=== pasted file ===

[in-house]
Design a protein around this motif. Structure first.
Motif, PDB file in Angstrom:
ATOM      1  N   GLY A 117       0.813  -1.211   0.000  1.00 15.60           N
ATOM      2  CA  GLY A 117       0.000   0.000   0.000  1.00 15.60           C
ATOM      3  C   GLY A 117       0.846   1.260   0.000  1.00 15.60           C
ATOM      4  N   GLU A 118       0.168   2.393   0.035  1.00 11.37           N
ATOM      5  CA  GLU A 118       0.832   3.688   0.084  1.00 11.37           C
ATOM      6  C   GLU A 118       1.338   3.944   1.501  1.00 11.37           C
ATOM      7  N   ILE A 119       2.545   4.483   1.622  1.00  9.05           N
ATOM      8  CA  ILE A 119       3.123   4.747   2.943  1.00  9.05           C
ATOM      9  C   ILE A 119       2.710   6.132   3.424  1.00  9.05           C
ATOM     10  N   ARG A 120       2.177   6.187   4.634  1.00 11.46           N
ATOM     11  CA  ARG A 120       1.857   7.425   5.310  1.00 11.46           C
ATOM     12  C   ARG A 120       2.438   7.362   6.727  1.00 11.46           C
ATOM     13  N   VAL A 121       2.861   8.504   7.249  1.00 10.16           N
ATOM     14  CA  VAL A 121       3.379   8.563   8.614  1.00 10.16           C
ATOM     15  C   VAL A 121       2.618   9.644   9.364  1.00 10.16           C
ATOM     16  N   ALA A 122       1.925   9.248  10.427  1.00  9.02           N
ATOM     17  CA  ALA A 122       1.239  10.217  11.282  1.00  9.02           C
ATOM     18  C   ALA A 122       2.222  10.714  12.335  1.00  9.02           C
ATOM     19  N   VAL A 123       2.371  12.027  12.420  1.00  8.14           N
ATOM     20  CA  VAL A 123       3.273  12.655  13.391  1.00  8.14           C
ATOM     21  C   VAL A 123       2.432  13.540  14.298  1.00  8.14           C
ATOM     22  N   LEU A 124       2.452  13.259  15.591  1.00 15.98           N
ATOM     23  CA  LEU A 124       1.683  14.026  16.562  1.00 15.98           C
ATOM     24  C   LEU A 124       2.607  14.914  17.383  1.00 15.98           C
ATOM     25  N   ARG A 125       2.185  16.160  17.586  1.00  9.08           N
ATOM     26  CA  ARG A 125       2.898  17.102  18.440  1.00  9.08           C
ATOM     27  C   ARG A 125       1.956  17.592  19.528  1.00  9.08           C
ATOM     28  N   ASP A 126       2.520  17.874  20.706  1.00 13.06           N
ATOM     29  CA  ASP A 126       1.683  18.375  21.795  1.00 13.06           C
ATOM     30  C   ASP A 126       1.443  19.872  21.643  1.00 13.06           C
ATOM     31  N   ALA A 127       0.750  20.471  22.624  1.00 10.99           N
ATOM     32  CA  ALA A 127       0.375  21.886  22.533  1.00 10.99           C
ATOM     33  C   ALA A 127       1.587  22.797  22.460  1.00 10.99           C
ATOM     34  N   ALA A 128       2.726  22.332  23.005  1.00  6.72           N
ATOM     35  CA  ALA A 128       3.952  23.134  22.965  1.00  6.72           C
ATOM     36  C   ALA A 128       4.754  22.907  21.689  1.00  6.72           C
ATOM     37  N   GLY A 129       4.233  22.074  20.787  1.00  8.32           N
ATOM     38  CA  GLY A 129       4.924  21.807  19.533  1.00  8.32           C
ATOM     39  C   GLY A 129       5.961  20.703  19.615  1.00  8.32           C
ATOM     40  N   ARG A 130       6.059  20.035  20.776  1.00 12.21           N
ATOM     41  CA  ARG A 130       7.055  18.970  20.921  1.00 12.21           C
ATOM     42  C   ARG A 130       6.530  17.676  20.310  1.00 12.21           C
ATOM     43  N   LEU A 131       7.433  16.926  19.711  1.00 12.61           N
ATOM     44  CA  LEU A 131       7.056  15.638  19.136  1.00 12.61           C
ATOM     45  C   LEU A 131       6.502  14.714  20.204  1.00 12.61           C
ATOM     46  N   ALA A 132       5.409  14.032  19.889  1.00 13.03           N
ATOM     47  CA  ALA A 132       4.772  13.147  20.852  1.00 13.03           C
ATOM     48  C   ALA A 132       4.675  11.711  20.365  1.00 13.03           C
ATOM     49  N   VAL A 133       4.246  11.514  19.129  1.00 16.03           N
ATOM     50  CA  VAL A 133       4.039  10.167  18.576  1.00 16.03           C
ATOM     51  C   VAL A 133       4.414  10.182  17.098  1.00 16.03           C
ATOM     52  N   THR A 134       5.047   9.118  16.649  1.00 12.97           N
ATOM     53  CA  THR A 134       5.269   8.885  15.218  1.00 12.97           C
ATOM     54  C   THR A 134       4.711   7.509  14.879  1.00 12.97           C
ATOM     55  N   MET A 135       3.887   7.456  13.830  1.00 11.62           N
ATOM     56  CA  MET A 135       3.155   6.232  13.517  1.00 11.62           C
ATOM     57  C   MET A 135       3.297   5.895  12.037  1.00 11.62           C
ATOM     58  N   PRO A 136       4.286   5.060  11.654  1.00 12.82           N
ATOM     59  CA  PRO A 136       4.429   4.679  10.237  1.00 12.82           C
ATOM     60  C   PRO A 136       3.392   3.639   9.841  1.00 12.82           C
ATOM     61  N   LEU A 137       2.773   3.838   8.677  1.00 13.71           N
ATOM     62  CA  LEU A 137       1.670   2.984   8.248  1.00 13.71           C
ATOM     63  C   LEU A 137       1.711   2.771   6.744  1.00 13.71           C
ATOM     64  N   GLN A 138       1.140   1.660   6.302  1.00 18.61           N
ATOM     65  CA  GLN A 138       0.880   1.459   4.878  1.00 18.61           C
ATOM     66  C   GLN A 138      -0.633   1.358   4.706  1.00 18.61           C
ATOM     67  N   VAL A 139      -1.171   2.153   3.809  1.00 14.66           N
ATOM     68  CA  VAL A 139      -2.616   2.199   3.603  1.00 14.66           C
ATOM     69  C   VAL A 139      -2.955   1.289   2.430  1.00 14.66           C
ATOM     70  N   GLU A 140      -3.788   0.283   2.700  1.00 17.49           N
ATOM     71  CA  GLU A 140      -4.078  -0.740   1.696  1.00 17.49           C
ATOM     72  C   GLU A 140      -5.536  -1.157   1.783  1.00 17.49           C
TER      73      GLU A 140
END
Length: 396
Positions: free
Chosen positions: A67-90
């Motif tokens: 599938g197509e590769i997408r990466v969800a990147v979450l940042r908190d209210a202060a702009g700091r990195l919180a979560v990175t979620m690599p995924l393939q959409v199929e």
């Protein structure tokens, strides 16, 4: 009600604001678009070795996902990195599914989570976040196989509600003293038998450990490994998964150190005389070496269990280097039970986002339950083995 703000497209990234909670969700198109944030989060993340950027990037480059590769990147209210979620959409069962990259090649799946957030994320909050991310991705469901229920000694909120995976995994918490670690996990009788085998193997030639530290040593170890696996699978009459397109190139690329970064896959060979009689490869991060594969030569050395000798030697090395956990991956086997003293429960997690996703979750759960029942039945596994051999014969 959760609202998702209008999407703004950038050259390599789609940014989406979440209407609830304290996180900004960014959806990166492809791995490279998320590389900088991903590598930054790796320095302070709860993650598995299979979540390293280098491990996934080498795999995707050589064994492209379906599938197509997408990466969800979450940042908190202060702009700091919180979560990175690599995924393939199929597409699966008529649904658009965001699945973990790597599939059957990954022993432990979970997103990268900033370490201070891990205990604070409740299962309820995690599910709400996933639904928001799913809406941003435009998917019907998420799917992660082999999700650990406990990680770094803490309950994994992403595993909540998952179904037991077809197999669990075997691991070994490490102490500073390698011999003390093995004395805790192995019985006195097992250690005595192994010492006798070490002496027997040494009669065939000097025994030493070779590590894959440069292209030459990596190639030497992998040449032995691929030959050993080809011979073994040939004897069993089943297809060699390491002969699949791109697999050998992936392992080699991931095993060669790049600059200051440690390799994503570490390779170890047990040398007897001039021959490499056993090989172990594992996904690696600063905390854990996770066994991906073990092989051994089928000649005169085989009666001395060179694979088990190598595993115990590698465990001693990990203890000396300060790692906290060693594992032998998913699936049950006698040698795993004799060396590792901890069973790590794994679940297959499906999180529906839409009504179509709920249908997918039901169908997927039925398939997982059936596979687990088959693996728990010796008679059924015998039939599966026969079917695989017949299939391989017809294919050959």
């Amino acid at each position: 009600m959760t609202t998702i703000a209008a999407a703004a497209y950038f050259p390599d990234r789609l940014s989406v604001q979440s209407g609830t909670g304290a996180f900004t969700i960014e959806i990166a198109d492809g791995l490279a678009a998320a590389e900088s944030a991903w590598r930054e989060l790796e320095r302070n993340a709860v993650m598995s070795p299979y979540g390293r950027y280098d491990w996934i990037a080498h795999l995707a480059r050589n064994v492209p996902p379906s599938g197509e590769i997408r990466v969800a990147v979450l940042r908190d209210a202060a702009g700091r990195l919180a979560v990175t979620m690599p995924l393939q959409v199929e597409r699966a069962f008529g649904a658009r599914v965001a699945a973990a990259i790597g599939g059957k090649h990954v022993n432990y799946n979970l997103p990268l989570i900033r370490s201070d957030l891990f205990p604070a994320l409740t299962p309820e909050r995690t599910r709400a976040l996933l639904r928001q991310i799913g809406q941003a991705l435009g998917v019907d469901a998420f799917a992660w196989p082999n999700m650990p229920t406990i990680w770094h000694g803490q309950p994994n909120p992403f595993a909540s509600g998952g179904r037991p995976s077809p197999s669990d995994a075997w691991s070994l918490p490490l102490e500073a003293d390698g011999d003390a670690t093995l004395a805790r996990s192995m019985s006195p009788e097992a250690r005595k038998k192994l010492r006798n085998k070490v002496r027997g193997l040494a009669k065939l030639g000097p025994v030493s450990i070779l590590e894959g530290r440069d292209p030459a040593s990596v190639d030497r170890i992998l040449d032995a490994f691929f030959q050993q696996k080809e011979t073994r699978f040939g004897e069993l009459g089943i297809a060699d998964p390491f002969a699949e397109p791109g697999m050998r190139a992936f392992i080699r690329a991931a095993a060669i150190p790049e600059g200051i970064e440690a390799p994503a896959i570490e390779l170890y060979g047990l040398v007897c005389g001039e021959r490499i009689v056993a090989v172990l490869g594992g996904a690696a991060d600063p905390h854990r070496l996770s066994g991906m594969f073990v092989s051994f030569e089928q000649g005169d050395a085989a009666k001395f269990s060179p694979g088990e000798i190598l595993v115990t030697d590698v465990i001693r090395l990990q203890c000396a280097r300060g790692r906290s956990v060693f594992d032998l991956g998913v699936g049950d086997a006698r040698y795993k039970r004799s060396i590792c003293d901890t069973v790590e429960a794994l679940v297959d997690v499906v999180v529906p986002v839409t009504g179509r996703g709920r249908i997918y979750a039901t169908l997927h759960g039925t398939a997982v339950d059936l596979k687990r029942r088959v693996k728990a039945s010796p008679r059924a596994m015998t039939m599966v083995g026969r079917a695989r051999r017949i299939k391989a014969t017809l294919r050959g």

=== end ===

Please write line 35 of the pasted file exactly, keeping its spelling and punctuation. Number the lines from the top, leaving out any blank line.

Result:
ATOM     32  CA  ALA A 127       0.375  21.886  22.533  1.00 10.99           C